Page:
On April 20, 2017, after 24 years in prison, Ledell Lee was executed for the 1993 murder of Debra Reese in Jacksonville, Arkansas. Lee always maintained his innocence — from the day he was arrested to the day he was executed. In the weeks before his execution, the Innocence Project and the American Civil Liberties Union (ACLU) took on Lee’s case and filed for an emergency stay of execution so that DNA testing could be done, which could have proven Lee’s innocence. But the motion was denied and Lee was executed.
In the years since Lee’s execution, the Innocence Project and the ACLU have continued to investigate his case, collecting new evidence and analyzing existing evidence that was overlooked when Lee was alive. But local officials have refused to allow DNA testing, and will not run the fingerprints from the crime scene through the national database.
That’s why the Innocence Project, the ACLU, the ACLU of Arkansas, the law firm Hogan Lovells US LLP, and Little Rock attorney John Tull filed a Freedom of Information Act lawsuit on behalf of Lee’s sister, Patricia Young. And on Jan. 31, the city of Jacksonville agreed to conduct testing of the DNA and fingerprint evidence in Lee’s case.
Here’s what you need to know about Lee’s case and why we’re taking action to seek the truth:
- No physical evidence directly connected Lee to Reese’s murder.
- At Lee’s trial, the prosecution’s own experts admitted that the results of several of its forensic tests were ultimately “inconclusive,” yet the prosecution inflated the significance of its test results, leading to Lee’s conviction. Today, due to scientific advancements, DNA and fingerprint testing can tell us far more than it could in the ‘90s.
- During Lee’s trial, the state argued that hairs from the crime scene were “microscopically consistent” with Lee’s hair based on a visual examination conducted by its expert — but this forensic method has since been discredited. Only DNA testing can scientifically determine the actual source of hair.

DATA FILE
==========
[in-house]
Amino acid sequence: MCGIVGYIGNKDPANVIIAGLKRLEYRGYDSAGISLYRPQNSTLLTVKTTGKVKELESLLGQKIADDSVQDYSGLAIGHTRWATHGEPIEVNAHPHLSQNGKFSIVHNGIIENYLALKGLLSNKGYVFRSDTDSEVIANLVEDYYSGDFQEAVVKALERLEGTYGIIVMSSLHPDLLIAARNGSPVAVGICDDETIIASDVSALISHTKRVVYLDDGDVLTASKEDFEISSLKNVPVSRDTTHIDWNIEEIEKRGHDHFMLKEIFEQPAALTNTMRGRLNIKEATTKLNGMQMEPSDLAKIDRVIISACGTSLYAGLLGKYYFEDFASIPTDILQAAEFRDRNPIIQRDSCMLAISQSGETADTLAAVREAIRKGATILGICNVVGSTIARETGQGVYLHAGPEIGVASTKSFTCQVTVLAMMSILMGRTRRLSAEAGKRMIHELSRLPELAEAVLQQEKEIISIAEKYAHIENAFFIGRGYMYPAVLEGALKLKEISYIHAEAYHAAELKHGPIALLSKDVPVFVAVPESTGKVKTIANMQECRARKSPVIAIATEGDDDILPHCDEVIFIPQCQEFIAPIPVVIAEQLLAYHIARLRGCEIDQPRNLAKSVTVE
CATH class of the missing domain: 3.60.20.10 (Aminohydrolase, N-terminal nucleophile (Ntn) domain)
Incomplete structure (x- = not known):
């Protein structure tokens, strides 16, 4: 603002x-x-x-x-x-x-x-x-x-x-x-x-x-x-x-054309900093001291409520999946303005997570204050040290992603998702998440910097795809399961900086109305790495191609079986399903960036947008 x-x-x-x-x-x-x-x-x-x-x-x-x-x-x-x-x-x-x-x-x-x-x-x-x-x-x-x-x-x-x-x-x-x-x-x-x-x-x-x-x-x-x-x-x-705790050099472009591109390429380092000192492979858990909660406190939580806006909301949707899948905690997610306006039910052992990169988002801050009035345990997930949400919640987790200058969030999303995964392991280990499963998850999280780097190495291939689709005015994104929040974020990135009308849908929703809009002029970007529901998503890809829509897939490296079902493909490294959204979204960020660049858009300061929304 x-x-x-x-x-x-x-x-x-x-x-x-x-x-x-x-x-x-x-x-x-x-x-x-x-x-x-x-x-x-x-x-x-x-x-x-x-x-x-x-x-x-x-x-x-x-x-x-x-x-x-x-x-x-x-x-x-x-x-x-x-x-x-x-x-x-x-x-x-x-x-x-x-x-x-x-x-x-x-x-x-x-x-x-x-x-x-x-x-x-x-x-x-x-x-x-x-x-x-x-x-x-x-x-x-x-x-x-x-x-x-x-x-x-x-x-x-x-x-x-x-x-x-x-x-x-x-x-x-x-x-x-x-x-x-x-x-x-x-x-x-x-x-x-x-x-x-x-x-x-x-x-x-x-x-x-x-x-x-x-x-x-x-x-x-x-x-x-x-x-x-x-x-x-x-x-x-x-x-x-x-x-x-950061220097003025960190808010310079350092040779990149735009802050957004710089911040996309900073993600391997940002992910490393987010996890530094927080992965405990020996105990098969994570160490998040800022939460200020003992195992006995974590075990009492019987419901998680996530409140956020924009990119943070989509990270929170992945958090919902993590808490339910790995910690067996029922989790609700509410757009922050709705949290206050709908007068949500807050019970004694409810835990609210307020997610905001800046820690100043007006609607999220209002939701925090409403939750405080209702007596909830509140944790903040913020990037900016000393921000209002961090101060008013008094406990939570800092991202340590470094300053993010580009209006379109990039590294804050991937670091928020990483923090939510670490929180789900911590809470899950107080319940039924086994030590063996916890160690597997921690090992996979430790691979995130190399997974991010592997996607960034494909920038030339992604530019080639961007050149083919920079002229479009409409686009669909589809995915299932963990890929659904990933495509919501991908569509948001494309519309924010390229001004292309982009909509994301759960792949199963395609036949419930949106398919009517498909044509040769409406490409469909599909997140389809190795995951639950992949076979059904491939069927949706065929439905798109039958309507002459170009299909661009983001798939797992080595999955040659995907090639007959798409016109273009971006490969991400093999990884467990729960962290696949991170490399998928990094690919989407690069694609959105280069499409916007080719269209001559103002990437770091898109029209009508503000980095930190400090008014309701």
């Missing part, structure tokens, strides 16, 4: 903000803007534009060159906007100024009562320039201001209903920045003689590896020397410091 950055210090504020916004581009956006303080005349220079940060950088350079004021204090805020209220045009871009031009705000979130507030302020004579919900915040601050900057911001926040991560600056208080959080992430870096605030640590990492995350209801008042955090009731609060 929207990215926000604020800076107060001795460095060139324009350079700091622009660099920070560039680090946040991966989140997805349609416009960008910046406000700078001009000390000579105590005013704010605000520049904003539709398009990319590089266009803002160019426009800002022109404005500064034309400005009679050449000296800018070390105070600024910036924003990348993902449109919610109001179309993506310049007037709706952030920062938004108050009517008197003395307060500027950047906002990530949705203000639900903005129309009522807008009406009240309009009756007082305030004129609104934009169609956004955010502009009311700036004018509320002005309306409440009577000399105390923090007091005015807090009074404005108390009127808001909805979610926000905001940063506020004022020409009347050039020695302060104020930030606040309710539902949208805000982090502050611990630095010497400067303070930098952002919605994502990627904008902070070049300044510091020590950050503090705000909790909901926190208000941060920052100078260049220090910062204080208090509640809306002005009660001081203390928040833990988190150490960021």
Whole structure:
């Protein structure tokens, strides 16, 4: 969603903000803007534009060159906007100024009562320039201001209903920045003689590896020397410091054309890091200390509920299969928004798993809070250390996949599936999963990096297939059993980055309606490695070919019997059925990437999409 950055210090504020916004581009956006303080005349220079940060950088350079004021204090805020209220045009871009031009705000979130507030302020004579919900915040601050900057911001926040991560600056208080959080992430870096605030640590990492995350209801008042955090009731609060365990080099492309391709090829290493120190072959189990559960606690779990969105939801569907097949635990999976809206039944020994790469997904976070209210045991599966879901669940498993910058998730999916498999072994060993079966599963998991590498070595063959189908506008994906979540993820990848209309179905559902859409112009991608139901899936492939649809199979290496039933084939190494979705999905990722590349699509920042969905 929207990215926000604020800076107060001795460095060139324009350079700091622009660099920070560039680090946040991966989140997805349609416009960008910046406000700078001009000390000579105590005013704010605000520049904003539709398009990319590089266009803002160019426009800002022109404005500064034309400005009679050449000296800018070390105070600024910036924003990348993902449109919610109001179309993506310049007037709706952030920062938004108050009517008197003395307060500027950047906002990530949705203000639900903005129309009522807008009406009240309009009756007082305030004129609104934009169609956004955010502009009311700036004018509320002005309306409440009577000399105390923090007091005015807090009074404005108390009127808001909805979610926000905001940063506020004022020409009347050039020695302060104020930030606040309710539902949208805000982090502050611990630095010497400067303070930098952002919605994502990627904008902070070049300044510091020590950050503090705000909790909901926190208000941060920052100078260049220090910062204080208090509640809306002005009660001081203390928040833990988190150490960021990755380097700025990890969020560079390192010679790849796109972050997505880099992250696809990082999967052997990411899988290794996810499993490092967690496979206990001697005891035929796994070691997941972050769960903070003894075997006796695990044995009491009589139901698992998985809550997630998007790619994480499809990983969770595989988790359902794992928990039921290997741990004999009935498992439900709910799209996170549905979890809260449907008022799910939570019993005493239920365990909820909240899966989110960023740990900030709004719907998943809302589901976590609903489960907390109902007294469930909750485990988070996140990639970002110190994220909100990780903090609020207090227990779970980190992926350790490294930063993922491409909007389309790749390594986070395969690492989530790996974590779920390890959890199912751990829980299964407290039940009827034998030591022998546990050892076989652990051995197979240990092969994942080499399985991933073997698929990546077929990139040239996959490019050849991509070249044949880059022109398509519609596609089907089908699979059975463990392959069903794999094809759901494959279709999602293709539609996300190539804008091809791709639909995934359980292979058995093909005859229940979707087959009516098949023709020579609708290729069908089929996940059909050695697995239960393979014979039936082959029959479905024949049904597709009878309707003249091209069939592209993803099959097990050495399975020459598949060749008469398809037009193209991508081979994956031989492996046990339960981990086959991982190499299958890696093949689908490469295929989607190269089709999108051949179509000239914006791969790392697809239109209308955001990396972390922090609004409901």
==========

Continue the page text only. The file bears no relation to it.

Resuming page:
- DNA evidence from the crime scene belonging to the killer has never been tested with modern technology. Modern DNA testing can now identify the actual source of the hair, scrapings from under Reese’s fingernails, and other key evidence.
- Though DNA testing could have helped prove Lee’s innocence and identify the actual perpetrator of the crime at no cost to the state, the court refused to hear any new evidence or allow DNA testing before executing Lee, arguing that the request came too late.
- The Innocence Project and the ACLU began to work on Lee’s case after his execution date was set. With less than two weeks to investigate before Lee’s scheduled execution, the organizations found serious flaws in the evidence used to convict him.
- Three leading forensic science experts — including forensic pathologist Dr. Michael Baden, footwear examination expert Alicia Wilcox, and eyewitness misidentification expert Dr. Jennifer Dysart — say that the evidence used to convict Lee at trial was seriously flawed. Their findings provide strong reason to believe Lee is innocent.
- Fingerprints from key areas of the crime scene were determined not to be Ledell Lee’s and to this day have never been identified. None of Lee’s lawyers ever had the crime scene fingerprints independently examined before his execution. It turns out that there are at least five fingerprints eligible to be searched in the national Automated Fingerprint Identification System database — which could identify the source in a matter of hours.
- Lee’s post-conviction lawyer was living with a substance use disorder and was admittedly intoxicated during several of Lee’s hearings, and struggled to present a defense and to adequately introduce and argue evidence of Lee’s innocence. Due to his overwhelming workload, his lawyer attempted to withdraw from Lee’s case but was denied. He also requested support, repeatedly moving to have co-counsel appointed, but was again denied. He supports our continued investigation into Lee’s case and has urged the courts to allow the testing.
- Lee had two trials – the first resulted in a hung jury, after the jury heard from numerous alibi witnesses whose testimony suggested he could not have committed the crime. However, at his second trial, the defense inexplicably called no alibi witnesses. He was convicted and sentenced to death.
- Lee was one of eight people whose execution was scheduled for the same 11-day period because Arkansas’ supply of lethal injection drugs was about to expire. Four of those people received stays of execution — Lee was not one of them.
It is estimated that 4% of defendants sentenced to death are wrongfully convicted — over the last 44 years, 167 innocent people have been exonerated from death row. More than 20 of those people were freed using DNA testing similar to that being requested on Lee’s behalf today.
Though it is too late for DNA and fingerprint testing of the crime scene evidence to save Lee’s life, it can reveal whether or not Arkansas executed an innocent man. And, if it turns out that Lee was innocent, the same testing could uncover the identity of Reese’s actual killer, and bring justice to both her family and the family of Ledell Lee.
Feb. 3: This article was updated to reflect recent developments in this case.